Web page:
Methadone maintenance regulations require random urine screening for drugs of abuse, and demonstration of clinical progress at self-control for the privilege to come to the clinic less frequently than daily, to be able to carry out some small supply of drug for later self-administration.  These regulations impose some outside behavioral controls meant to protect the society’s interests.  (The patient is pressured to comply with societal expectations or be punished or exiled.  It seems always to have been so.)

Payment for one’s own treatment and minimal rules of decorum and safety tend to protect the interests of the clinical team and its institution.  These provide ground for the patient to try new exercises in compliance (skills required for survival of the patient’s self).

Within these containments clinicians have relative freedom to dedicate most of our energy and attention to the welfare of the patient as he chooses it.  Clinicians do not have to be police.  We can let the interests of society, institution, and clinicians themselves remain in the background as we focus on the welfare and autonomy of the patient.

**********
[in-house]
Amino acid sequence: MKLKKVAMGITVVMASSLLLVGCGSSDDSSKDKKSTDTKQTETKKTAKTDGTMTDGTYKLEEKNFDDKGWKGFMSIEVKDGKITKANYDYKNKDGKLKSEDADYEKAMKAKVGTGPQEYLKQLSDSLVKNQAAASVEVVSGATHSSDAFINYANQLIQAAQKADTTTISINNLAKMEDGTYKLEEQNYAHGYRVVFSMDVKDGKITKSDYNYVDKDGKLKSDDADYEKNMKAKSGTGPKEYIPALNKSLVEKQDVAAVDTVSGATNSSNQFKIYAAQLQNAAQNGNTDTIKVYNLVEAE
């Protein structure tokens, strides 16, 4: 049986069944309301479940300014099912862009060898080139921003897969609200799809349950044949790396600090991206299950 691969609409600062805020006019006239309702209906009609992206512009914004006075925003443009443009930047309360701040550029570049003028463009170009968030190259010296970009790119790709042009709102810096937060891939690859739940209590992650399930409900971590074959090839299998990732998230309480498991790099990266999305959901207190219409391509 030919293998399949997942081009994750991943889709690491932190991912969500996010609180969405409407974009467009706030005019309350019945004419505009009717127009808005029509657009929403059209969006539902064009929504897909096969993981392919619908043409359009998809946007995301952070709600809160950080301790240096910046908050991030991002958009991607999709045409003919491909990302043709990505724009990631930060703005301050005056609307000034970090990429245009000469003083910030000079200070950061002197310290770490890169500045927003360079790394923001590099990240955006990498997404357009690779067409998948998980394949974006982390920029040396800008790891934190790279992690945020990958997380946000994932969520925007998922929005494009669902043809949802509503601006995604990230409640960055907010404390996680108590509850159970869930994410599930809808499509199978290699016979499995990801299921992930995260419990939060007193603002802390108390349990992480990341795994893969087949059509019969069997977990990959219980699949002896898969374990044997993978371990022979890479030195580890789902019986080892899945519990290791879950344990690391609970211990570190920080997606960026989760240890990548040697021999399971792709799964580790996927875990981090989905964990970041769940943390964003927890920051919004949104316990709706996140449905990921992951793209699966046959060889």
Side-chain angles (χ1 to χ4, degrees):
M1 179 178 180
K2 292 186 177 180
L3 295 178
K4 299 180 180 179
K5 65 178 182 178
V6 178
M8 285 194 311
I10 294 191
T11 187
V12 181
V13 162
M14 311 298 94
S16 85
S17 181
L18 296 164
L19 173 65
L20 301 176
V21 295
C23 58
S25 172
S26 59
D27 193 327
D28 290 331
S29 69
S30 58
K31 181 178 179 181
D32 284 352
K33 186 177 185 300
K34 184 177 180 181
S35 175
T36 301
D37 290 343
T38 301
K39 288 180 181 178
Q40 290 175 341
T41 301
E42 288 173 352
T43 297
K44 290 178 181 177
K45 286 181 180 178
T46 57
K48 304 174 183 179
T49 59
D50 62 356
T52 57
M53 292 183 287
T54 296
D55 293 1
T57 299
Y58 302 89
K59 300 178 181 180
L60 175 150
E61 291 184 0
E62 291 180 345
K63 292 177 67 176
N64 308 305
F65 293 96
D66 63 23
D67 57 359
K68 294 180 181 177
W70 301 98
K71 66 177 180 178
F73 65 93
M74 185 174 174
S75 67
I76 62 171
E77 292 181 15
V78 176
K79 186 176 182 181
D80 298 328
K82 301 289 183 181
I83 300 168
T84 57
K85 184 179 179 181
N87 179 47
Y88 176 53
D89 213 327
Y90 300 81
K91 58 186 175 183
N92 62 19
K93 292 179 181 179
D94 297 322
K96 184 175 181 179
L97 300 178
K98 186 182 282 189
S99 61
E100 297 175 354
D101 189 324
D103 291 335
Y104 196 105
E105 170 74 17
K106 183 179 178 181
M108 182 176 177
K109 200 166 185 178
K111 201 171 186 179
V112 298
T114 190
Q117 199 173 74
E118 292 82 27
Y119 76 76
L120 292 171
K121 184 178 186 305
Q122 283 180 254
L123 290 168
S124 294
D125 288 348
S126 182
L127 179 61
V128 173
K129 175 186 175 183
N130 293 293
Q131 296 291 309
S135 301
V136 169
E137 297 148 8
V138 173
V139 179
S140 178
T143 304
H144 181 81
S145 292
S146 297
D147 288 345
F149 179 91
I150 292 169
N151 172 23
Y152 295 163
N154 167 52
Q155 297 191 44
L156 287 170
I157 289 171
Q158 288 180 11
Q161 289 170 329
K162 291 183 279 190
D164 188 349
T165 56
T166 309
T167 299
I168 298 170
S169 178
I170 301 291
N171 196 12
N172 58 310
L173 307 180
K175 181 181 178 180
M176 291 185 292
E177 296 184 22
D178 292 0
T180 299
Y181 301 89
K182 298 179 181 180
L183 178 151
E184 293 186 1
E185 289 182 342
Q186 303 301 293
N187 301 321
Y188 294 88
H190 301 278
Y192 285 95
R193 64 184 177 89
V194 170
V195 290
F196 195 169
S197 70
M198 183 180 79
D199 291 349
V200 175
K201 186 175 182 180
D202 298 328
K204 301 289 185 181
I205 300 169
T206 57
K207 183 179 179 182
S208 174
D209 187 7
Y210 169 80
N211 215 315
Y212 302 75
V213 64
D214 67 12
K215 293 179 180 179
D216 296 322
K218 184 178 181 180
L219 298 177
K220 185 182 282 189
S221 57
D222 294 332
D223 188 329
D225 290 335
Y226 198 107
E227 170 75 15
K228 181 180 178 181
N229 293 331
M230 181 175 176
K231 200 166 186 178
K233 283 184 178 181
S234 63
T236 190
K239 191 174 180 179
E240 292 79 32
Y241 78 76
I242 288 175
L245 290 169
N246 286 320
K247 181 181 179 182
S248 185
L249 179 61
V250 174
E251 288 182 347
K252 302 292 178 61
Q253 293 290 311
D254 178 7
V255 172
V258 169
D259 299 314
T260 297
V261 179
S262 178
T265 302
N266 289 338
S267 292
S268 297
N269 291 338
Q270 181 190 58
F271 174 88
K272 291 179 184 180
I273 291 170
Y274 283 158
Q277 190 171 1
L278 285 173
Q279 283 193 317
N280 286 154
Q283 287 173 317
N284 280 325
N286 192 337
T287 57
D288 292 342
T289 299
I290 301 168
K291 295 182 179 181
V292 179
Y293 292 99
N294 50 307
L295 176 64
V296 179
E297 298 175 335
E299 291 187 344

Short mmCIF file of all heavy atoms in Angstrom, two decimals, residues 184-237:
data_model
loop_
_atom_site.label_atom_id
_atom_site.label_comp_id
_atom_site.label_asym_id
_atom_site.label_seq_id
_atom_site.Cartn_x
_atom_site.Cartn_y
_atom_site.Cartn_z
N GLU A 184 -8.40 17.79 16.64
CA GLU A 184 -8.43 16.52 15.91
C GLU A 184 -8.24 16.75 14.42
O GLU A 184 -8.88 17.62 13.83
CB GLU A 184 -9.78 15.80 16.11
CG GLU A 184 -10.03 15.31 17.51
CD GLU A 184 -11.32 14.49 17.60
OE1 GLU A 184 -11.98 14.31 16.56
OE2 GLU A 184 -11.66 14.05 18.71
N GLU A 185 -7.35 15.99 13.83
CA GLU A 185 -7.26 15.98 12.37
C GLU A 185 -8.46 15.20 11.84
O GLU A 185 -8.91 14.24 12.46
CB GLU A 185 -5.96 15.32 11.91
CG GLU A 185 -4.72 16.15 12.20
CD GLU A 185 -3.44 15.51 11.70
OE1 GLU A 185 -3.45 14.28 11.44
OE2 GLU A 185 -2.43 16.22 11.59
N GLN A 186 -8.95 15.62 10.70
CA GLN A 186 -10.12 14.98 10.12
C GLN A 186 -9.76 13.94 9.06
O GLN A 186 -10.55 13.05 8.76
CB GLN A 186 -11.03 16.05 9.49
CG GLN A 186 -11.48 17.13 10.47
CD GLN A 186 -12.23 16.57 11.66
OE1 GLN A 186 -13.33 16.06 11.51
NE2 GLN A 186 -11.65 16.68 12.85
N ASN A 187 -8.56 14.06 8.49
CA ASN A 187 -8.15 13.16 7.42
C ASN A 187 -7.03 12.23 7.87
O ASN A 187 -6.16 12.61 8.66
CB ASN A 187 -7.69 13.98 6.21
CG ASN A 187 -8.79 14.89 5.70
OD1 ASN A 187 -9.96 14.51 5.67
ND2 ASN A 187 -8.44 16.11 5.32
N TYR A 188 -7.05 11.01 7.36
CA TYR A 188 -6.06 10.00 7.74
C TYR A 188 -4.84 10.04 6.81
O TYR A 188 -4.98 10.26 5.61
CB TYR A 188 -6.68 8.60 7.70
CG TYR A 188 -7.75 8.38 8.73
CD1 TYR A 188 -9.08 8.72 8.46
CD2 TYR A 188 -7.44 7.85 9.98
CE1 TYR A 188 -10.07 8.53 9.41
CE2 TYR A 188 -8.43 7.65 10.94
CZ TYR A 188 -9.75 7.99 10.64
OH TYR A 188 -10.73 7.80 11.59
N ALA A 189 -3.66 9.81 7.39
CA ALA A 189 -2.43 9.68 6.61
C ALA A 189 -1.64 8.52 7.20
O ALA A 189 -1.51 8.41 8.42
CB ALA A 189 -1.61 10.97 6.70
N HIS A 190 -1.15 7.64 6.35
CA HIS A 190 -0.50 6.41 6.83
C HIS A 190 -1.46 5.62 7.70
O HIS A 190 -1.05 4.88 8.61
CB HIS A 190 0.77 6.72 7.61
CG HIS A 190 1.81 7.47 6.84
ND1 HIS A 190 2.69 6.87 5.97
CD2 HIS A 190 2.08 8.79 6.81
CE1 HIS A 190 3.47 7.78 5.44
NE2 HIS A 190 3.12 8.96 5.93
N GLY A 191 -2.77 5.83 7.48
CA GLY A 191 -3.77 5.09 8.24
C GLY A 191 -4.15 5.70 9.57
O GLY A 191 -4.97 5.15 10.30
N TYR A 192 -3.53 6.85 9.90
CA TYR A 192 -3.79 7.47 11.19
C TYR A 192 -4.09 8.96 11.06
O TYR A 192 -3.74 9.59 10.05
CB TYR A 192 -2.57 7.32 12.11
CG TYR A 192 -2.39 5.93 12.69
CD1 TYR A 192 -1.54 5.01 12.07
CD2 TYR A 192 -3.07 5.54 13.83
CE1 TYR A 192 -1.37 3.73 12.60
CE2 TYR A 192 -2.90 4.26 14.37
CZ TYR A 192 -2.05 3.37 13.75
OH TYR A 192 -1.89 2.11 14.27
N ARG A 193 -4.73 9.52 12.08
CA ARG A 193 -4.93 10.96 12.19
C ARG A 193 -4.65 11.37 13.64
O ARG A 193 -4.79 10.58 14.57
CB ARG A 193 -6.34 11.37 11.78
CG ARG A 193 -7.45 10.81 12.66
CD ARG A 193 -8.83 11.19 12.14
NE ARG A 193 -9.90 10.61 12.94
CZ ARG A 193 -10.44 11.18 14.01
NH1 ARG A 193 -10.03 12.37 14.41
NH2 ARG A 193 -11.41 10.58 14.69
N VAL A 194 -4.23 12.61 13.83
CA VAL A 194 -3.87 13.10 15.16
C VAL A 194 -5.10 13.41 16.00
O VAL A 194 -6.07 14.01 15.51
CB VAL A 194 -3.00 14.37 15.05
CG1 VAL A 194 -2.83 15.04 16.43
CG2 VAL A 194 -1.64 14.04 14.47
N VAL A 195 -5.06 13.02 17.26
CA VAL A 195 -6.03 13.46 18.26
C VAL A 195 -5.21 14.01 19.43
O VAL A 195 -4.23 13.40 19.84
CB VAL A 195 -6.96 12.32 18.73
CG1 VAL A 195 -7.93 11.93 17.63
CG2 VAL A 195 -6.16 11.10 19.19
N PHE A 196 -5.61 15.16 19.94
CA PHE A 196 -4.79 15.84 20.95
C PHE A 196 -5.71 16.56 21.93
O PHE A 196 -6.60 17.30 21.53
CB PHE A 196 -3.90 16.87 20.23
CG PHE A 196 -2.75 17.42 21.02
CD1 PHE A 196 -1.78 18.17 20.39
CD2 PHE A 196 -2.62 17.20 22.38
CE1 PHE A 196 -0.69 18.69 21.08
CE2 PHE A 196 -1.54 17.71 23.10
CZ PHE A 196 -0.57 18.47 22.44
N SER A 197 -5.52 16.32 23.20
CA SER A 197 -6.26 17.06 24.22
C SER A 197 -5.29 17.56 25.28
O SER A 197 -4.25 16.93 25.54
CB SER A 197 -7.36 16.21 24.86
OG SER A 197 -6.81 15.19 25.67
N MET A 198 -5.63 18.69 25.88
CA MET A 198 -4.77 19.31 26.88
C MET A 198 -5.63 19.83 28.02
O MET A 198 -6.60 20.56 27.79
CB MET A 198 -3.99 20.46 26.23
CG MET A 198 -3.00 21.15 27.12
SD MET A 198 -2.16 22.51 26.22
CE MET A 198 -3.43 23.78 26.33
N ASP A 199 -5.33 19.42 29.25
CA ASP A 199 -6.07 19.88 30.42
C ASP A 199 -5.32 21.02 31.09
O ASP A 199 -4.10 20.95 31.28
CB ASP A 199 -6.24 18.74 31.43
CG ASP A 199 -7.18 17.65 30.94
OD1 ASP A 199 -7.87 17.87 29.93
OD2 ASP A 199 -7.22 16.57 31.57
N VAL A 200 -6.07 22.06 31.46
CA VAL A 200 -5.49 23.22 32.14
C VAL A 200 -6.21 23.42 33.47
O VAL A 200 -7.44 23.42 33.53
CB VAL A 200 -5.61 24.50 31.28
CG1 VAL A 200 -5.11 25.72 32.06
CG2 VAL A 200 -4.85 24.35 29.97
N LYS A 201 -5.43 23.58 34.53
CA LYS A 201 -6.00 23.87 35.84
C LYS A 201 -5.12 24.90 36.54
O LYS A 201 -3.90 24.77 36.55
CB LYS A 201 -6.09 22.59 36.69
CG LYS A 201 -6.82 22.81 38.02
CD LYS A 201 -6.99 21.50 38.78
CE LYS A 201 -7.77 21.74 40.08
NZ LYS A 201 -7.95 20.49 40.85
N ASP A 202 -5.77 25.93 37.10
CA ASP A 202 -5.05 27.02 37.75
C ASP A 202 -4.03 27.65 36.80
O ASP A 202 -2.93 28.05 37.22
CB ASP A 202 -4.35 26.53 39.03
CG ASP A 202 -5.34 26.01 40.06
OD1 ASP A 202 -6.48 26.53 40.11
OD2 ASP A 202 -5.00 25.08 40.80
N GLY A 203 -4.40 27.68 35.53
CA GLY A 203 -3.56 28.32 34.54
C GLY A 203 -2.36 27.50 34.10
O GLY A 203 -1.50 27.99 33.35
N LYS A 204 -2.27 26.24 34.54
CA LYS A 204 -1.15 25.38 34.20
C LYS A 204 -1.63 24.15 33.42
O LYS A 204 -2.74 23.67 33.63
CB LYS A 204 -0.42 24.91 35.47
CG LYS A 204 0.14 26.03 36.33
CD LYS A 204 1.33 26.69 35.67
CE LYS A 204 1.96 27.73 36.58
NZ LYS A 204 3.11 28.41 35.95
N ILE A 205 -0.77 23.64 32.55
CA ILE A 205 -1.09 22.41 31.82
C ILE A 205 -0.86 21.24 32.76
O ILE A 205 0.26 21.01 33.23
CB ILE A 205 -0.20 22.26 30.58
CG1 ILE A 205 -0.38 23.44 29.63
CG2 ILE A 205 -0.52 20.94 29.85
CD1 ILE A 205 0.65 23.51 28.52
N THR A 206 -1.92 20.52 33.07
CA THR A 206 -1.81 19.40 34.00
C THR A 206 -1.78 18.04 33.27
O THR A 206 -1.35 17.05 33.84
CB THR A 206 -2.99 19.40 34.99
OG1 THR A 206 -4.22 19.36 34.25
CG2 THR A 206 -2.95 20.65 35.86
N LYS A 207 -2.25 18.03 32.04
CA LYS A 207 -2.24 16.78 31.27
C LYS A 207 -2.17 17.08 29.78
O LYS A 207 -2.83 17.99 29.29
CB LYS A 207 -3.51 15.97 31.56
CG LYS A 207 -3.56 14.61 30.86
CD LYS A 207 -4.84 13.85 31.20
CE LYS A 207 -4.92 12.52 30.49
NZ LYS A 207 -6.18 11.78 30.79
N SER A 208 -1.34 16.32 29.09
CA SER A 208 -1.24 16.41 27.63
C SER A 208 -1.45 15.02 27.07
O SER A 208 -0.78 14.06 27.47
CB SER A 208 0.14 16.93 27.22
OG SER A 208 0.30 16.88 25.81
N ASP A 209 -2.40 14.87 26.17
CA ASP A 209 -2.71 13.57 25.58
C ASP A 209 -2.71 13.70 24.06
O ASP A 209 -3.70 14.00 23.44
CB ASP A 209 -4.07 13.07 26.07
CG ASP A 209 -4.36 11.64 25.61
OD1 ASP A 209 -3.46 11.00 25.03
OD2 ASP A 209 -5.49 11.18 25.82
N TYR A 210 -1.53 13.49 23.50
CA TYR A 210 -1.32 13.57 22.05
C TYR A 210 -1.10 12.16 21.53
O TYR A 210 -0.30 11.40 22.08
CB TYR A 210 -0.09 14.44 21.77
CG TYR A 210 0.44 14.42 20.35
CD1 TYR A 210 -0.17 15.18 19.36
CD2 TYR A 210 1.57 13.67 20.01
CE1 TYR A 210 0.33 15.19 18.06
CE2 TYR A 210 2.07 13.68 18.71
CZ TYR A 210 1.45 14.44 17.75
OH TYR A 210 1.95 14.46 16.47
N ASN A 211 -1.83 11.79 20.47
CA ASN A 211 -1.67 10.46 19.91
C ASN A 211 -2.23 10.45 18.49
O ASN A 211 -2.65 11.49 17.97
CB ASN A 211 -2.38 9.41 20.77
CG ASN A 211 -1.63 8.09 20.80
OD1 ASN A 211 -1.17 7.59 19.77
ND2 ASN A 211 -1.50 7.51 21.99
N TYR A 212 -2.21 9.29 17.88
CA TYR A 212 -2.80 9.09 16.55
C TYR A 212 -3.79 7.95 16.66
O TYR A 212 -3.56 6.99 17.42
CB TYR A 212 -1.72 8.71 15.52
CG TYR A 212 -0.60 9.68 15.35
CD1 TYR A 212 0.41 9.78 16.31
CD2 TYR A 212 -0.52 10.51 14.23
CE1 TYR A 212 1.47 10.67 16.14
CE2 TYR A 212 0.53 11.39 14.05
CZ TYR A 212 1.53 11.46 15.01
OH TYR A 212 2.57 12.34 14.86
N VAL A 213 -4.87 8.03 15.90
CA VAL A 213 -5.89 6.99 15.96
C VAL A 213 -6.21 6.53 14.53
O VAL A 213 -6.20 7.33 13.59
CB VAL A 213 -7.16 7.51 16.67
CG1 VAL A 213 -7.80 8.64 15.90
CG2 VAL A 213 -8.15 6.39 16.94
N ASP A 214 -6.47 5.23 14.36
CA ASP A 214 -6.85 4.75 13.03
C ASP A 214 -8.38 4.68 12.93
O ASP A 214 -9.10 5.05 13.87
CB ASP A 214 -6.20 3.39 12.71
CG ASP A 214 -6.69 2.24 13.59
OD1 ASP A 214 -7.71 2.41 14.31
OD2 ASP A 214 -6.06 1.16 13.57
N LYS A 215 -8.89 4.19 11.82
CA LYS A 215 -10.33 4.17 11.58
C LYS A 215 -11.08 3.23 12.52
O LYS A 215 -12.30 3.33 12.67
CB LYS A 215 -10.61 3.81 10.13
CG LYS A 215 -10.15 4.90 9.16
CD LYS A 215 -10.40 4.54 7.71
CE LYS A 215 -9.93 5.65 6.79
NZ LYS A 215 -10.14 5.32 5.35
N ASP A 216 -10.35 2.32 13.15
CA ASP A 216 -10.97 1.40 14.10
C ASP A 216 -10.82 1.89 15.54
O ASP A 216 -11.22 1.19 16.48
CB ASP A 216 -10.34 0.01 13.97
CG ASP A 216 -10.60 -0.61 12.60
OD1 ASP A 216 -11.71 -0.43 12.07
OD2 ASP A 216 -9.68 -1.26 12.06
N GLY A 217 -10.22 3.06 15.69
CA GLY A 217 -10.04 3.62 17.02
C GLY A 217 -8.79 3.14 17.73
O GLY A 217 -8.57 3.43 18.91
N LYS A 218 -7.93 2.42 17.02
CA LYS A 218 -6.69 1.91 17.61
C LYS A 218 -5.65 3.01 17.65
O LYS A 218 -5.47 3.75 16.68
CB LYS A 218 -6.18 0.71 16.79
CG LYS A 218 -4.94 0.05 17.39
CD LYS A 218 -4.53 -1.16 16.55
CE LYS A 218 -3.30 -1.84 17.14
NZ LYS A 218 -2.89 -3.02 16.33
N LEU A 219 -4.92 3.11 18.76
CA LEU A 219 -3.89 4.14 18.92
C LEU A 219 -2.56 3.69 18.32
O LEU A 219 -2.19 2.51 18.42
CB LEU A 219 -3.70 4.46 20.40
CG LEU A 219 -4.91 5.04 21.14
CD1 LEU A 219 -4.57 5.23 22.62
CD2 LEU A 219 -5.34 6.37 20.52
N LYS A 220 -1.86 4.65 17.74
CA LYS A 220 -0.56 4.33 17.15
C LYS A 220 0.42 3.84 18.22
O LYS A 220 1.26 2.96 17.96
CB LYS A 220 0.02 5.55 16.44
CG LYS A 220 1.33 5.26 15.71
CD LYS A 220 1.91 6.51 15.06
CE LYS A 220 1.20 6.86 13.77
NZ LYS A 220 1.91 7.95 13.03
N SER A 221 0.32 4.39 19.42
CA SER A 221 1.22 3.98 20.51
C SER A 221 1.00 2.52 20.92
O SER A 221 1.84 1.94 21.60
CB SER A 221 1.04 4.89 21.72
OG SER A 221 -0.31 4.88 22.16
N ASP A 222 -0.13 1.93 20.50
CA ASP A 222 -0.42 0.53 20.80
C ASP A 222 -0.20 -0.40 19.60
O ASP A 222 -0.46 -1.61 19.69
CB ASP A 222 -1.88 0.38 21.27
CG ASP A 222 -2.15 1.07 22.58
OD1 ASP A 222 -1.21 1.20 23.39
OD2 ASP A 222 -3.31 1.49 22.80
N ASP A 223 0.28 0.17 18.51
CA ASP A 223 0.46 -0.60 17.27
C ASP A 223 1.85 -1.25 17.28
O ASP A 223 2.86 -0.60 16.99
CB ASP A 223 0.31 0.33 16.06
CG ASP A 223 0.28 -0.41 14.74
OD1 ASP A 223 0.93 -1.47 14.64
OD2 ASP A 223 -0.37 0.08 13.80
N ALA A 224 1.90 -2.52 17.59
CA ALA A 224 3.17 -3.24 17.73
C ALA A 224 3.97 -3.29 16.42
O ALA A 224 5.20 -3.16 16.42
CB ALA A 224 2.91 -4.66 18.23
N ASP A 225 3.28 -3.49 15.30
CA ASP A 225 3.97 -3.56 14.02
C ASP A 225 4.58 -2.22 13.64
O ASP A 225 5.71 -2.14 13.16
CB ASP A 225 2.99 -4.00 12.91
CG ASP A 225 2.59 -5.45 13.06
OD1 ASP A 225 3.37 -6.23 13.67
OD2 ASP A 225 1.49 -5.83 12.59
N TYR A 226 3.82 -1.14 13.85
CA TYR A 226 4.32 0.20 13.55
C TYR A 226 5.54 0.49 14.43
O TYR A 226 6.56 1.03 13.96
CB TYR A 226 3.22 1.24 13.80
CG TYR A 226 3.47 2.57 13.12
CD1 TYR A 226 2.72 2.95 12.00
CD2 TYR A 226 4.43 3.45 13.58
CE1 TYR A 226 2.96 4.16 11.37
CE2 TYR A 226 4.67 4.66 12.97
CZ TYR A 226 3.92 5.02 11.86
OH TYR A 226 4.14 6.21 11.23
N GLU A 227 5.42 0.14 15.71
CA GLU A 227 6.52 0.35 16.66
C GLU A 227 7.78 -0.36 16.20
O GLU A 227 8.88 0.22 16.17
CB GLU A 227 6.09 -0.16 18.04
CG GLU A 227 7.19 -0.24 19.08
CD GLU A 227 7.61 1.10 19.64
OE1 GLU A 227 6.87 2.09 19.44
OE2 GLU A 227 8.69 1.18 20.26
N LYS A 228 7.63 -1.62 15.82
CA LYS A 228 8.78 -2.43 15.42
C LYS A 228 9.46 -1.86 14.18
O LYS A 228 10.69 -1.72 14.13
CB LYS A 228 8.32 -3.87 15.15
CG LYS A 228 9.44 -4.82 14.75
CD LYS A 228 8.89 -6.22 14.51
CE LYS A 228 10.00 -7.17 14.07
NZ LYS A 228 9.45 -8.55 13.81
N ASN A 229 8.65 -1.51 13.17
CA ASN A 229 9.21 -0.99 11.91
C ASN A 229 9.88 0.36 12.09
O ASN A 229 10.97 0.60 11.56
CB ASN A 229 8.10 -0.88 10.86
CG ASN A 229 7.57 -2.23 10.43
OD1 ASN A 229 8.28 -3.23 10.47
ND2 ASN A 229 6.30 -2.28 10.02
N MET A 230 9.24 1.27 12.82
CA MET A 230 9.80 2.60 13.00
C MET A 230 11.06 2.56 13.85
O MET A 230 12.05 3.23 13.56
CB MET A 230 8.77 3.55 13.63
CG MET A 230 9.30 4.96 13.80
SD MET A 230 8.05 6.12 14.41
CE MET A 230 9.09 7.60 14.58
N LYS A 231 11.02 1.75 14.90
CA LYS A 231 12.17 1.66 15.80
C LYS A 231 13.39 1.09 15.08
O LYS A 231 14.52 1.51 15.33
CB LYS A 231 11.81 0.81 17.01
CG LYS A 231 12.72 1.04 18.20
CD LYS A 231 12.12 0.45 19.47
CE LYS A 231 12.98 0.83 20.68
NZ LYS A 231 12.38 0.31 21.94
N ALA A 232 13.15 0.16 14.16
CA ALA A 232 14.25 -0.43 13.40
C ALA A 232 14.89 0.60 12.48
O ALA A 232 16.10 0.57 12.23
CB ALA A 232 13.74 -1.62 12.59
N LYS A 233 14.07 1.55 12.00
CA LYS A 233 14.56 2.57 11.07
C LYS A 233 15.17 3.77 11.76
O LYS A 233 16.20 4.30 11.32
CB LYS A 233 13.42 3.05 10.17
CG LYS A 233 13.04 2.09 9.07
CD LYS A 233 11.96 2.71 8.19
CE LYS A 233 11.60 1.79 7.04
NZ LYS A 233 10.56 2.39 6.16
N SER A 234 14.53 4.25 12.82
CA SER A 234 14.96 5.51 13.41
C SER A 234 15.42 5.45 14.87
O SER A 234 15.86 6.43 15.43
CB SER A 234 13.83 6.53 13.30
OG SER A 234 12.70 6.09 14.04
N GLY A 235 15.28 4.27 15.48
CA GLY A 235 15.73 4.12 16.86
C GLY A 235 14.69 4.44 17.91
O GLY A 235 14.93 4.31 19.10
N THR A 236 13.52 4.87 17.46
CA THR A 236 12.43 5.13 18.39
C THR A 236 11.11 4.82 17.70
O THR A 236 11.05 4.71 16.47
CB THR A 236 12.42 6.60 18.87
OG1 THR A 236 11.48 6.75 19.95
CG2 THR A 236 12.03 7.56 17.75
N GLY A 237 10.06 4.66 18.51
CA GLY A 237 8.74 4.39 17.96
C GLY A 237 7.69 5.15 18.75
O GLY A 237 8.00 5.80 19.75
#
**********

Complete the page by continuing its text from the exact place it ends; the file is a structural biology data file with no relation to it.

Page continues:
Chronic opioid addiction is the paradigm about which our treatment is structured (a structure approximately adapted also to the treatment of other varieties of compulsive afflictions).  The substances themselves (diacetylmorphine, oxycodone, hydromorphone, fentanyl, propoxyphene, et c.) are not so directly destructive, but there are contingent potential problems such as overdose, tolerance (which requires an ever-increasing supply), the deadly exigencies of the needle (AIDS, hepatitides, et c.), adulteration and its concomitant variable potency, inadvertent toxicity, requisite evasive life style, constant fear of control (law enforcers, and righteous persons including employers and mothers-in-law), shame, alienation, financial insecurity, physical injury (especially driving a motorcycle), unstable supply, hostile armed suppliers and thieves…

So, I guess opioid addiction is eventually untenable.  I cannot recommend it as a good choice for you, nor can I recommend any other addiction (if I care about you).